During the 1920s and 1930s, Italian Torontonians witnessed the establishment and expansion of a sizeable fascist element within their community. Benito Mussolini, the fascist dictator of Italy from 1922 to 1943, sought the support of Italian immigrants internationally with an energetic program of “exporting fascism.” His ultimate goal was to foster a sense of Italian nationalism among emigrants through cultural and political programs. The Italian Consulate in Toronto, based out of the Casa D’Italia on Beverley Street at Dundas Street, served as both the base of operations for Italian fascists in Toronto and an informal Italian Canadian community centre. Fascist leaders used the Casa D’Italia to operate a newspaper, language classes, athletic clubs, and benevolent societies.
Italian fascists and Italian Catholic clergy found in each other natural allies, as they were both concerned about maintaining a distinct sense of Italian identity abroad. In Toronto, Italian priests were anxious about both becoming lost in the wider Anglo-Celtic culture of the local Catholic Archdiocese and the conversion efforts of evangelical Protestant missionaries. Fears of secular ideologies like communism and anarchism were rife among Toronto’s Catholics, giving local fascists room to operate with little scrutiny. In 1923, less than a year after Mussolini came to power, a group of Italian Catholics founded a fascist group at Our Lady of Mount Carmel Church (near Dundas and University Avenue). Fascist ceremonies were regularly held at other parish churches and halls, and an Italian member of the Toronto Separate School Board convinced that body to allow a “Pro-School Committee” composed of the vice-consul’s coworkers to run after-hours language classes that became known as “fascist schools.”
Not all Italians in Toronto were seduced by fascism. Members of the United Church of Canada, the Italian Loyal Orange Lodge, and the Cooperative Commonwealth Federation political party were vocally opposed to the spread of fascist cultural and political hegemony within the Italian community. During an interview with historian John Zucchi for the Multicultural Historical Society of Ontario, long-time resident Lucy Giovanelli describes witnessing very public fascist activity among the city’s Italian community, but is emphatic about lack of inter-est from residents of the dense, diverse downtown neighbourhood known as The Ward. On one occasion, she attended a “bazaar or something” at Mount Carmel Church. People sang “the anthem,” and proceeded to “put their hands up [in the fascist salute].” A Catholic priest, seeing that she had not joined the salute, asked her “Why don’t you have your hand up?” She replied “I’m in Canada, I don’t believe in this business.”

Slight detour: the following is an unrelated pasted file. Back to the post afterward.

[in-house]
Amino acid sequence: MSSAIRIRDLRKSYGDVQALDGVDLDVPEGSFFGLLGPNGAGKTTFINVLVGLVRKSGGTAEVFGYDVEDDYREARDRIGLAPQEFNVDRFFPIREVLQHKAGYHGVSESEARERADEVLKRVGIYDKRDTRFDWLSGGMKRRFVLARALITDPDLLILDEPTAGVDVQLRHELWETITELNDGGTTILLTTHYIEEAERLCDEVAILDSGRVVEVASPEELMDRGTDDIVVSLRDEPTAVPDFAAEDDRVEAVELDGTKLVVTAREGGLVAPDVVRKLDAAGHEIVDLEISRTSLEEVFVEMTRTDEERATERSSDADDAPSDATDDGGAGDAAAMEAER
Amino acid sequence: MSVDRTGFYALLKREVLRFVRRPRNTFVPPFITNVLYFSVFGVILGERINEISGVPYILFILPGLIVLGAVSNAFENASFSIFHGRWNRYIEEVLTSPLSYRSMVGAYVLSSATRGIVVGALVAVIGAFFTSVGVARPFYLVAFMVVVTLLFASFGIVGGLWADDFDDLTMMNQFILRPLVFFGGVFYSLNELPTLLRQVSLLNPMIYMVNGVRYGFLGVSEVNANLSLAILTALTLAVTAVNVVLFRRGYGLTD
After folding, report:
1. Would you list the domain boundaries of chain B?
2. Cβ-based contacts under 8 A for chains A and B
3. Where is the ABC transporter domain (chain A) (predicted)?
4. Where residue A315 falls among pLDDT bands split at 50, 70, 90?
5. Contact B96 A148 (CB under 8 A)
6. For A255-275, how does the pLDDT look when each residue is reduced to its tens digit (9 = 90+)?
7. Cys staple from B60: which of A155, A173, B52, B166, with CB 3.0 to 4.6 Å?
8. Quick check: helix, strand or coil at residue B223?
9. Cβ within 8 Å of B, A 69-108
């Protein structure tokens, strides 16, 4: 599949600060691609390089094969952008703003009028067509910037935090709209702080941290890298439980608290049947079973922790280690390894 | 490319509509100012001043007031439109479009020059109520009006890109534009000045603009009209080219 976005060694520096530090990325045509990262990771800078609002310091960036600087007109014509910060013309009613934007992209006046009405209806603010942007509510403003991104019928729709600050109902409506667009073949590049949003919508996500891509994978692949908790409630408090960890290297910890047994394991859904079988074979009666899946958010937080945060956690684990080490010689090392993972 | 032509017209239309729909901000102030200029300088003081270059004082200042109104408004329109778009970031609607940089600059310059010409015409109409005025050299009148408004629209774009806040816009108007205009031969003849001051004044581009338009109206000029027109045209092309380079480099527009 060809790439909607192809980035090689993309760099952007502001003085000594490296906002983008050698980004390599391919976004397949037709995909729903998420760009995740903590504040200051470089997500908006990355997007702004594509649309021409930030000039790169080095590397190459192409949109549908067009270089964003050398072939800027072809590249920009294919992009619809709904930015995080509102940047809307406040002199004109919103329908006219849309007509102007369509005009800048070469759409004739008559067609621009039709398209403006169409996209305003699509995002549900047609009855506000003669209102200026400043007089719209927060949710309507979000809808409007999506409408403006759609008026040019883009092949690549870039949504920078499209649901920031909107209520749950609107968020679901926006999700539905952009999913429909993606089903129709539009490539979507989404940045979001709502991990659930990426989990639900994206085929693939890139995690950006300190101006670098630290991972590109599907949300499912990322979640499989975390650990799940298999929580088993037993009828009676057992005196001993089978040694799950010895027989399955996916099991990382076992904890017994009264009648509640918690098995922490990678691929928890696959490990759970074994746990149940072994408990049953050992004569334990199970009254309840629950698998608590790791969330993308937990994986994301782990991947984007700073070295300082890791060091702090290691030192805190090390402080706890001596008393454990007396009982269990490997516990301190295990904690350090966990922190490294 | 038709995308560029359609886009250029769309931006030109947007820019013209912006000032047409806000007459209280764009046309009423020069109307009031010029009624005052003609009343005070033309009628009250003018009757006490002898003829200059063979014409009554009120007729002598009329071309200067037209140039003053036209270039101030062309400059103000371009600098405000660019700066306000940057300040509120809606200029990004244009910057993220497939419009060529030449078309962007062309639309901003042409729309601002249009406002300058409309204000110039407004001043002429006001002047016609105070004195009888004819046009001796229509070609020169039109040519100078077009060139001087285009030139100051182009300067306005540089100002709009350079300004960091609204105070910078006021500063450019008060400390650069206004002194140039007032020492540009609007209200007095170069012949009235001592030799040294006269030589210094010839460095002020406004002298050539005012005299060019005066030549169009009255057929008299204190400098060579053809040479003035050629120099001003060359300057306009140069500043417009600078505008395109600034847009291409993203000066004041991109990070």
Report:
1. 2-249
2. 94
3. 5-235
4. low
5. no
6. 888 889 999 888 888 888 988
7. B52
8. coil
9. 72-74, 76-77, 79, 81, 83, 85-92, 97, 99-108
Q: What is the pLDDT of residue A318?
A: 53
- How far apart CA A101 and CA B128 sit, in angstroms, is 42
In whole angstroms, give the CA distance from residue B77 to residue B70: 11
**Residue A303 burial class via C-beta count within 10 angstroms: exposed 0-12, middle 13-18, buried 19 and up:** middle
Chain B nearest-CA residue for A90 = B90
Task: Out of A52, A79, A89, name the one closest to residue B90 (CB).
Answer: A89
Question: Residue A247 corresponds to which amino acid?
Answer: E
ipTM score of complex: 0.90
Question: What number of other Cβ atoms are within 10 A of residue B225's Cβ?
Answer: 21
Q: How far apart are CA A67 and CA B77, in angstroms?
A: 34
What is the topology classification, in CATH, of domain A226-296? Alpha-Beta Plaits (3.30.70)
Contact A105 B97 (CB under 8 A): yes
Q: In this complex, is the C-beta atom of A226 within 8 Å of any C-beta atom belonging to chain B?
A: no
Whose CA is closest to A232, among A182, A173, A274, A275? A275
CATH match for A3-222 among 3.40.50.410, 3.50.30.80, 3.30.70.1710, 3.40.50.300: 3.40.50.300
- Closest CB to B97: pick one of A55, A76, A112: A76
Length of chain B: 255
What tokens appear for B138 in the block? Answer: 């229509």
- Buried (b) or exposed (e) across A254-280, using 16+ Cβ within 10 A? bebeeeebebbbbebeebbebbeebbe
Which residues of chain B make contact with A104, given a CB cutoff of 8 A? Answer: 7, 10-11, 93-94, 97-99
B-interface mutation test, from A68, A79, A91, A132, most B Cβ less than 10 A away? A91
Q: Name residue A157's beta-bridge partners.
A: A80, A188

Toronto’s Italian fascists were energetic in asserting their worldview. Public demonstrations of Italian fascist beliefs and symbols occurred frequently. The fascist salute was freely given in public parades in 1936, while in 1938 the Casa D’Italia sent 20 young Torontonians to visit Italy, dressed in fascist-style black-shirt uniforms. In their fight for cultural dominance over the city’s Italian community, consular officials based in the Casa D’Italia submitted to both Canadian and Italian officials’ dossiers on anti-fascists and their activities. The fascists were careful to take advantage of ongoing political anxieties by denouncing their opponents as communists and anarchists.
On June 10, 1940, after Italy entered World War II as an ally of Germany, all fascist organizations in Canada were made illegal. The Casa D’Italia was raided and shut down by the Royal Canadian Mounted Police, who confiscated the building and used it as a base of operations until 1962, when it was given back to the local Italian community (it became a consulate again in 1977). Although hundreds of Italian Canadians were sent to internment camps, the fascist consular officials were granted diplomatic immunity and allowed to leave the country. Italian Canadians were left to suffer the consequences of a sweeping crackdown by the federal government. As a result, many stopped speaking Italian and anglicized their names.
The fascist wave of the 1920s and 1930s experienced by Toronto’s Italian community was not the only one to hit Canada’s shores. The ideology had fairly diverse support, driven by the weak economy during the Depression and the role played by fascism in legitimizing popularly-held bigotries. The 1933 Christie Pits Riot was instigated when a group of Anglo Torontonians from the Beaches unfurled a banner with a swastika painted on it at a Jewish and Italian baseball game. Organizations like the Canadian Union of Fascists and the National Unity Party held rallies and received occasional media coverage. With the outbreak of war, however, which touched all aspects of Canadian life, fascist beliefs were thoroughly discredited and delegitimized. The Canadian government, meanwhile, has never officially apologized for the internment of Italian Canadians.
This story originally appeared in Spacing’s winter 2017 issue.